OLPC puts emphasis on software tools for exploring and expressing, rather than instruction. For this reason, the XO laptop features a unique type of interface, called Sugar. Sugar is specifically designed for children and is meant to facilitate learning through creativity, expression, sharing and collaboration, and reflection. It is a "Zoom" interface that captures children's world of fellow learners with graphic representations of community, connection and activity. To learn more about the specifics of Sugar, visit the area of the OLPC website-http://www.laptop.org/en/laptop/interface/index.shtml

OneLaptopPerChild Flickr Photostream

The countries receiving laptops from the OLPC effort are many. Four of the most prominent areas to pilot the first XO laptops were Peru, the Middle East, Rwanda and Uraguay. You can view all of the OLPC deployments, as of March 2010, here: GoogleMaps OLPC Deployments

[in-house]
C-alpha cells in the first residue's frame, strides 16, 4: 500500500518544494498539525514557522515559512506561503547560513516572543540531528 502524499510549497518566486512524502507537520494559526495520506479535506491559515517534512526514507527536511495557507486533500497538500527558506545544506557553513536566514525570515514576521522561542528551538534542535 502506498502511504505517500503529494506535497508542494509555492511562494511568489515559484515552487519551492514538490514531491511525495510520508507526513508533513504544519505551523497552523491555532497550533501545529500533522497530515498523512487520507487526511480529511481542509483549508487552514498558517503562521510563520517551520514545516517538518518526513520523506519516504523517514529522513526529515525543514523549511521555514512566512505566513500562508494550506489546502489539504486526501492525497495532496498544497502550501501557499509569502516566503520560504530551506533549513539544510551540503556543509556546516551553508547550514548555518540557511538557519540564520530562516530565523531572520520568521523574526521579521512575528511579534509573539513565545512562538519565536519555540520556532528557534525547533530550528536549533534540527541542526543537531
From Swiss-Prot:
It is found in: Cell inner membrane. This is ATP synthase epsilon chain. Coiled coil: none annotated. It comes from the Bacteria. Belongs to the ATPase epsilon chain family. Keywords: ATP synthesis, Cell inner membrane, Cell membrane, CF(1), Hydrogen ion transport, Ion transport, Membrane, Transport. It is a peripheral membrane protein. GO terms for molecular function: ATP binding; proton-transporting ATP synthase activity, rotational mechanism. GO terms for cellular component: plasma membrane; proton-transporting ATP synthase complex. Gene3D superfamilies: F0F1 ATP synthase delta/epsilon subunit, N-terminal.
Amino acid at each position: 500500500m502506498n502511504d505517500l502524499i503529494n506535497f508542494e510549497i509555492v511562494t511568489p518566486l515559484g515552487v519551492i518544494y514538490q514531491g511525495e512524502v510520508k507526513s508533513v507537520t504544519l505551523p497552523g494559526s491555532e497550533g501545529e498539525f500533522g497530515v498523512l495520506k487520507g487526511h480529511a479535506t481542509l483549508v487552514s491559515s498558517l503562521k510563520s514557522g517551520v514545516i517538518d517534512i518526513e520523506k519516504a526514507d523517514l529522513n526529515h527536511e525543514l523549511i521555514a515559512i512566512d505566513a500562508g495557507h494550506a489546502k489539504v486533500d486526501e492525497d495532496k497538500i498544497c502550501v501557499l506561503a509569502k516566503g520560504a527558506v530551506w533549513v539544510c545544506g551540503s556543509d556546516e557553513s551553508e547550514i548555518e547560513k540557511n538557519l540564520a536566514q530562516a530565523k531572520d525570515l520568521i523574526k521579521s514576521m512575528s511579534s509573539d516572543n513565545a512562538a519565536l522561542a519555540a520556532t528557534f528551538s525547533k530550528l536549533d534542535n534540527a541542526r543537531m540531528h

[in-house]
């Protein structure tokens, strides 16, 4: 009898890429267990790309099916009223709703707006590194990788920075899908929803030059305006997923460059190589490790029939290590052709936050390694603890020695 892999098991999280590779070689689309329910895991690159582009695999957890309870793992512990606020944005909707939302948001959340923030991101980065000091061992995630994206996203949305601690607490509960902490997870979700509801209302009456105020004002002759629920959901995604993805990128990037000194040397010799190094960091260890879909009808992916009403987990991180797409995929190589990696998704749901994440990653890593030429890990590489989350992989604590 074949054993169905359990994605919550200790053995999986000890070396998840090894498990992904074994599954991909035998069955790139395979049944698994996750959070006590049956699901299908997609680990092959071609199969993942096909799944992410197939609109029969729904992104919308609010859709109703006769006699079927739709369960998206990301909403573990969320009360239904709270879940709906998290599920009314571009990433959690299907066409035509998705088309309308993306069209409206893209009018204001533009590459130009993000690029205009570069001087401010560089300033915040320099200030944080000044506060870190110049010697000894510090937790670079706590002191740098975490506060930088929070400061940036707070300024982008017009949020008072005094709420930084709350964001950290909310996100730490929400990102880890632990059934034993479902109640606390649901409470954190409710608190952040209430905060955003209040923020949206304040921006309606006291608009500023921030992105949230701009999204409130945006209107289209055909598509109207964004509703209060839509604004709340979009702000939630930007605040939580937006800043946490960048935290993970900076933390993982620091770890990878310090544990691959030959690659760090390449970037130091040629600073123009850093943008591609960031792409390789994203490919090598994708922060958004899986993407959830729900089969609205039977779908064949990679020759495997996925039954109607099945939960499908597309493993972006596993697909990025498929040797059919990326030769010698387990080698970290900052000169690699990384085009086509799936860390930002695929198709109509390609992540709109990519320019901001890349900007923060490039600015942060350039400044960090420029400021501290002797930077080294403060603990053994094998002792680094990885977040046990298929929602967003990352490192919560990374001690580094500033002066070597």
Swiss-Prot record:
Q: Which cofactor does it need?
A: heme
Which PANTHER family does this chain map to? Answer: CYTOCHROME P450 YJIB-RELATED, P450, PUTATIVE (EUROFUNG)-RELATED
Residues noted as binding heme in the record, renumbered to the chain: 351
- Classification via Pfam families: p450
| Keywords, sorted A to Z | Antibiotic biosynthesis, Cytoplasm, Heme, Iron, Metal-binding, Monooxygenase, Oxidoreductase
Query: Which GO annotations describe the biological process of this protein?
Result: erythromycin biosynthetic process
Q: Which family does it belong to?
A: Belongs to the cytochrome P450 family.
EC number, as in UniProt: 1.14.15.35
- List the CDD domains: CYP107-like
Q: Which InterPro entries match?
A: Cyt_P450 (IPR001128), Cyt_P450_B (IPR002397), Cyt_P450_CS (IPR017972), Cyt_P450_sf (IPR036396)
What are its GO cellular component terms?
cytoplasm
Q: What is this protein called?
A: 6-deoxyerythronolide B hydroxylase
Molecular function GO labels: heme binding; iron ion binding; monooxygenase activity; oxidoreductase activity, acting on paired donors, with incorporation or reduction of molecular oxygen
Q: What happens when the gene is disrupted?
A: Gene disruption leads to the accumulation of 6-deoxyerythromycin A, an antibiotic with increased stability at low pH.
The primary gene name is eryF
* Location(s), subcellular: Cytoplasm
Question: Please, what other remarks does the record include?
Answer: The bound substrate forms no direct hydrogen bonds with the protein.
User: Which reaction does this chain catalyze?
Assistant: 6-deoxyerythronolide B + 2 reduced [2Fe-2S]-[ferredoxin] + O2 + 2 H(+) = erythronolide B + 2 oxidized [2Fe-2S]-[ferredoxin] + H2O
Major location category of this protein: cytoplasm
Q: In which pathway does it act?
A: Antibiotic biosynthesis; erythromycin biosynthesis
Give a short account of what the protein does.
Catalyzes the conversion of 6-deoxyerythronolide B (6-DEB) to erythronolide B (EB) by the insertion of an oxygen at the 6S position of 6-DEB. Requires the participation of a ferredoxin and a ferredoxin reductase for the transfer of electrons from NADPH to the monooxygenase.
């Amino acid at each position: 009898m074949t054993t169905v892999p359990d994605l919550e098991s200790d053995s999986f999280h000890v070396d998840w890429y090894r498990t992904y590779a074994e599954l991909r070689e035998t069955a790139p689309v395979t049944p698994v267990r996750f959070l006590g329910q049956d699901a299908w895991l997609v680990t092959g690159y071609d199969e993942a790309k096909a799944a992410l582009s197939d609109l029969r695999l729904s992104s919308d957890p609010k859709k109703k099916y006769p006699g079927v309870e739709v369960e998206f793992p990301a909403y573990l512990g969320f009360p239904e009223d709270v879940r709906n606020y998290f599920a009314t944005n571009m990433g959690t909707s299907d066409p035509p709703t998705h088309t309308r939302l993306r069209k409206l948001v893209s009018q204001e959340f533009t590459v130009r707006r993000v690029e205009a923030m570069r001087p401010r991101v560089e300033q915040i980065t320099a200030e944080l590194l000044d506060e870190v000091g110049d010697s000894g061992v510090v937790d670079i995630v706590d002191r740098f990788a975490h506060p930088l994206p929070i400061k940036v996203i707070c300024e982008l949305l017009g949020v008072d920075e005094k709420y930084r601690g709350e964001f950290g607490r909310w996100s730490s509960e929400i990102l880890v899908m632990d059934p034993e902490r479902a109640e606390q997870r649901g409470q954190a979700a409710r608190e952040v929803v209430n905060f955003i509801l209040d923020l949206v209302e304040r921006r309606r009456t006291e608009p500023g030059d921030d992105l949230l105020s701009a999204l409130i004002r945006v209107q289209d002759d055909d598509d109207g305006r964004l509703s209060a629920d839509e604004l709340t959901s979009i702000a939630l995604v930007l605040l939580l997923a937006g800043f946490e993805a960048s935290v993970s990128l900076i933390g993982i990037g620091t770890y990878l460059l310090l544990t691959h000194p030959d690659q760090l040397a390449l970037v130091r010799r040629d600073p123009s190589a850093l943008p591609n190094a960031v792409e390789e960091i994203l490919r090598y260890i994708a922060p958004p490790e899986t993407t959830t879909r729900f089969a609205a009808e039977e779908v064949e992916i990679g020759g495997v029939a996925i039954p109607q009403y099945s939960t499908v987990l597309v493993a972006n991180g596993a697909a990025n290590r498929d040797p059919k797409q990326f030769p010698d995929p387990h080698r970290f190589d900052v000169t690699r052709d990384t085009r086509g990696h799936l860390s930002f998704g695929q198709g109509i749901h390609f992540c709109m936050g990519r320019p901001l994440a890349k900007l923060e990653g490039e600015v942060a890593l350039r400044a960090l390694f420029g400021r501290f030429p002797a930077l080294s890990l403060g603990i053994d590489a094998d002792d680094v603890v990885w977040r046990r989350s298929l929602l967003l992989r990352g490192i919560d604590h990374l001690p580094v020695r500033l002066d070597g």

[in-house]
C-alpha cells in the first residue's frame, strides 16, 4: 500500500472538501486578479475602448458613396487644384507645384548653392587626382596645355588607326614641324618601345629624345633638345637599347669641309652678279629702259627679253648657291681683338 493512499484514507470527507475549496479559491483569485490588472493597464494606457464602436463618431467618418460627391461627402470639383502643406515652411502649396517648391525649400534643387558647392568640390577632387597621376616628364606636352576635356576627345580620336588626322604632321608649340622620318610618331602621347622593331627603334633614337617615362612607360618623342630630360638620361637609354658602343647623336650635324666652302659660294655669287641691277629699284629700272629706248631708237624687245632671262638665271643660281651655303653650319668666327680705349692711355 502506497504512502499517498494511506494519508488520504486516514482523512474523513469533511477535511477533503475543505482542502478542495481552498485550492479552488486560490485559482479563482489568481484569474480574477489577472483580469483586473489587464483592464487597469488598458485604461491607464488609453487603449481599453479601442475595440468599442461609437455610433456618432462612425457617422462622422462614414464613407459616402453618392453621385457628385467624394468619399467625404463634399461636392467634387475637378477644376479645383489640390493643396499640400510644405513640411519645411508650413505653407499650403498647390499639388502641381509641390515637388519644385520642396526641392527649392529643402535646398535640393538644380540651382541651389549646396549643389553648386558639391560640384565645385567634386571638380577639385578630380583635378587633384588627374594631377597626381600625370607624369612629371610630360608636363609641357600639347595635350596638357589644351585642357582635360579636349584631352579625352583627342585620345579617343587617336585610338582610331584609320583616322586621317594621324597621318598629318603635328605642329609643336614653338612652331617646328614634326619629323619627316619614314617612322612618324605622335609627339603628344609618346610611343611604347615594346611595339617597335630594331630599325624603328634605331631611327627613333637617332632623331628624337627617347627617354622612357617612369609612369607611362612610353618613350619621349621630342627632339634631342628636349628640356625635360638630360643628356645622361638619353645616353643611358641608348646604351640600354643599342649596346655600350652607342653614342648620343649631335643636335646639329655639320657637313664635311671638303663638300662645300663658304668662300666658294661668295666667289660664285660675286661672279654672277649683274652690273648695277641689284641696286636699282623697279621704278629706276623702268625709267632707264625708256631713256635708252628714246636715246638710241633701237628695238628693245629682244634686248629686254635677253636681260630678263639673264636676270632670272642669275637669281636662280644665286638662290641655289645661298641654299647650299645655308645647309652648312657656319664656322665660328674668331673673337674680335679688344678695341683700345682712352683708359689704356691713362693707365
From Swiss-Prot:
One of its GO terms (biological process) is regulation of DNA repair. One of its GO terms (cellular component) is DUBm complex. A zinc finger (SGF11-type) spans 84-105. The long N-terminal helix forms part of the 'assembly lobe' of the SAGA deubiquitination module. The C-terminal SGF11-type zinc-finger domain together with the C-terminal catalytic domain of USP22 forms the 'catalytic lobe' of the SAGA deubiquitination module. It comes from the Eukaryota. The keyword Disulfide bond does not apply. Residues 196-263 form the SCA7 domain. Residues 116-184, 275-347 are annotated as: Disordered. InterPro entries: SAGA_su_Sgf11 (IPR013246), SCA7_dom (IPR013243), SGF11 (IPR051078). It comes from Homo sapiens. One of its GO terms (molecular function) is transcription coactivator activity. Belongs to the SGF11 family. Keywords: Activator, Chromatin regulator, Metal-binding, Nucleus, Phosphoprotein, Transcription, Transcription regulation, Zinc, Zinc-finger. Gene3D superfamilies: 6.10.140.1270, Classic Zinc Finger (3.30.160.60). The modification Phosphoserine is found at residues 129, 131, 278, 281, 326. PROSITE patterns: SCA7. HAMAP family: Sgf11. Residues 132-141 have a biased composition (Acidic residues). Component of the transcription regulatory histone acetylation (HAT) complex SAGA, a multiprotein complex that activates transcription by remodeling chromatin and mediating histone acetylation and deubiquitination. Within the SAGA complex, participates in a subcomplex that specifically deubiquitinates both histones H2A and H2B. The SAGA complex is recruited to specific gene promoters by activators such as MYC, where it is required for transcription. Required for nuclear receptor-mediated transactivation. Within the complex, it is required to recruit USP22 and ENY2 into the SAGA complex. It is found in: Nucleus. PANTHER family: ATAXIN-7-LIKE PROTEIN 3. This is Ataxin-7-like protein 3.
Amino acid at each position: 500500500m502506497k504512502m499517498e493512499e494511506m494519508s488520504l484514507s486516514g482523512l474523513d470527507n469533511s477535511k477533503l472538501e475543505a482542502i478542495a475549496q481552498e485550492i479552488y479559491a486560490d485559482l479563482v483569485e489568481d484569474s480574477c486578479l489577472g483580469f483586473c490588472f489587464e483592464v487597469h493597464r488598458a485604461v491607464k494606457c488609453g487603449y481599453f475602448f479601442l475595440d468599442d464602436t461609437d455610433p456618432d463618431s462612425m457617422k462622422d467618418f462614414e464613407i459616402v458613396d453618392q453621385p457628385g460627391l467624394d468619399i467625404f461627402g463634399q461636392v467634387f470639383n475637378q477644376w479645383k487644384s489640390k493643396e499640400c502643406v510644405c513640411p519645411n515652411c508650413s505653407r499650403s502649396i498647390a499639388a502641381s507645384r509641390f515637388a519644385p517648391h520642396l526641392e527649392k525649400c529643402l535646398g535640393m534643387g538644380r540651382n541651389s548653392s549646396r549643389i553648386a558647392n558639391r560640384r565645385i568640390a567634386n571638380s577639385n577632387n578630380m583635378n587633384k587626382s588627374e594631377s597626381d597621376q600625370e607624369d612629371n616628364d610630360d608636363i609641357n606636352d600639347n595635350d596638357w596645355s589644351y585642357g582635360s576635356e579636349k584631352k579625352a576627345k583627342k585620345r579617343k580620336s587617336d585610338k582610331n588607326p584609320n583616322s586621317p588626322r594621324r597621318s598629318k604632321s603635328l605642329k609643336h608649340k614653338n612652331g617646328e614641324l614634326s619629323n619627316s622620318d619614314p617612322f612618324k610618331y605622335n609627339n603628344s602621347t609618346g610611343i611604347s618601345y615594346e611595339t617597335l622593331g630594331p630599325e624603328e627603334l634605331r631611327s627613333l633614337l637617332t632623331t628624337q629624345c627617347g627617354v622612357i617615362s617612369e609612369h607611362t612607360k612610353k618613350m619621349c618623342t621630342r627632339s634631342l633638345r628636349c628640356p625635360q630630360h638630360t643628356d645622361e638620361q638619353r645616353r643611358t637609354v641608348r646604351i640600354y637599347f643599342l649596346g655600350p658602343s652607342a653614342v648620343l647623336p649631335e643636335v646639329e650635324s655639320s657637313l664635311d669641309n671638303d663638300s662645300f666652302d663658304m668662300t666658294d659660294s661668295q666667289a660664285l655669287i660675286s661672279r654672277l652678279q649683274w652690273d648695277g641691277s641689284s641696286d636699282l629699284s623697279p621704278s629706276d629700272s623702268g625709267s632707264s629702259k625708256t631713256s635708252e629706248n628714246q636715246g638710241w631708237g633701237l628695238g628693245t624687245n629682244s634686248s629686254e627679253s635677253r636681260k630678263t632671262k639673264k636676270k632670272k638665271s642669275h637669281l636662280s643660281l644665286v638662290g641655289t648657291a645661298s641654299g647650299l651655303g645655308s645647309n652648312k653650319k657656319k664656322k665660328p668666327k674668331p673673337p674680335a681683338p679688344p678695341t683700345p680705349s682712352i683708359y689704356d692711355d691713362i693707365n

Children are benefitting greatly from OLPC's mission. For the very first time, children in regions which may have never been able to have access to computer technology are now being given the opportunity to an endless supply of activities which foster creative learning and development. OLPC has a Flickr photostream that is frequently updated with highlight photos and videos of children using the XO in the field. Visit http://www.flickr.com/photos/olpc on Flickr for a look at how the XO is helping children learn in ways they may have never dreamed.

You can help give children the opportunity to learn with an XO by becoming a part of the OLPC movement. You can donate one or more unused laptop at amazon.com/xo You can also host your own fundraising drive or just spread the word to your friends and colleagues. Even the smallest donation or amount of participation can go a long way. The more people that get involved, the closer OLCP will get to fulfilling their mission statement: One Laptop Per Child.

Sunday, April 4, 2010

Prezi: The Amazing New Presentation Platform